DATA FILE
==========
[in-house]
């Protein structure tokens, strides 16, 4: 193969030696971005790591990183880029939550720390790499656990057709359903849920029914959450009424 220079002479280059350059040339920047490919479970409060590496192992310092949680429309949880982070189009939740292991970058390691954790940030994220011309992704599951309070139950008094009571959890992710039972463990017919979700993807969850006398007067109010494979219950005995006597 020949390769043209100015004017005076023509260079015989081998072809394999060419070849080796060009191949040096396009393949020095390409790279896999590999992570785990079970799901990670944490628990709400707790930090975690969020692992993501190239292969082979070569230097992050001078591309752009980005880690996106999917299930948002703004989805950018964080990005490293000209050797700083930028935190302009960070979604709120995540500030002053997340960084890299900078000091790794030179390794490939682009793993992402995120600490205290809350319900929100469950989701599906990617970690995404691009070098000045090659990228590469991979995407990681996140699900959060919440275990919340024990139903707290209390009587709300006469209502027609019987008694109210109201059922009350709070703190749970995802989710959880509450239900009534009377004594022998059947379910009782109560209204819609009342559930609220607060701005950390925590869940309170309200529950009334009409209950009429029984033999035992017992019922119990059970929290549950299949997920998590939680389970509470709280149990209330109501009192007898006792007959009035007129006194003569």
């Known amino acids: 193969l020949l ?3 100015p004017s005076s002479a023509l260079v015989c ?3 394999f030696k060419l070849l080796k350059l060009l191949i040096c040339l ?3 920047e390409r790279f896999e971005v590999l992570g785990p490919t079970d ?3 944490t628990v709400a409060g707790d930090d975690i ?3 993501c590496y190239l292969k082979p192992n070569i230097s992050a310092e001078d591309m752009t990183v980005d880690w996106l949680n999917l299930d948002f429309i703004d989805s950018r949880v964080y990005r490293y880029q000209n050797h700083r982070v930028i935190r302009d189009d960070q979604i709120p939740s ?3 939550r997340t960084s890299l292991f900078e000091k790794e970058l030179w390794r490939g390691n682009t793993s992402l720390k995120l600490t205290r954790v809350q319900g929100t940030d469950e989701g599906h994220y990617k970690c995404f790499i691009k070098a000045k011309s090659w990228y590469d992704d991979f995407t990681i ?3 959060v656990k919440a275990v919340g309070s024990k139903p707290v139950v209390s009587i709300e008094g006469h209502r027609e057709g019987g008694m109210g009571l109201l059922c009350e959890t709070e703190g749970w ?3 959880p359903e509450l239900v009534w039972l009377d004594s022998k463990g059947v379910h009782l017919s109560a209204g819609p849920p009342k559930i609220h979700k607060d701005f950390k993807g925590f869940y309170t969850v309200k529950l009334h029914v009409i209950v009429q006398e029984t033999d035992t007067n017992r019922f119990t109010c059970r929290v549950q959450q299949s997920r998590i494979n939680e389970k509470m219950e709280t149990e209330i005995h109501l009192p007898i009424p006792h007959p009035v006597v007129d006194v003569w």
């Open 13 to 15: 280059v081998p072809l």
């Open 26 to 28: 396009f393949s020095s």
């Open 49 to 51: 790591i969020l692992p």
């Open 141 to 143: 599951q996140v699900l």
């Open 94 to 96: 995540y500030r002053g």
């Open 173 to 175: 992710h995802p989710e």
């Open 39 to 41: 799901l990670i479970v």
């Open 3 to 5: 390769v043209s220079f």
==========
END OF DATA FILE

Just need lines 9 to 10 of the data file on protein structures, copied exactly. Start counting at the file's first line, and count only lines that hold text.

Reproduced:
């Open 173 to 175: 992710h995802p989710e």
């Open 39 to 41: 799901l990670i479970v």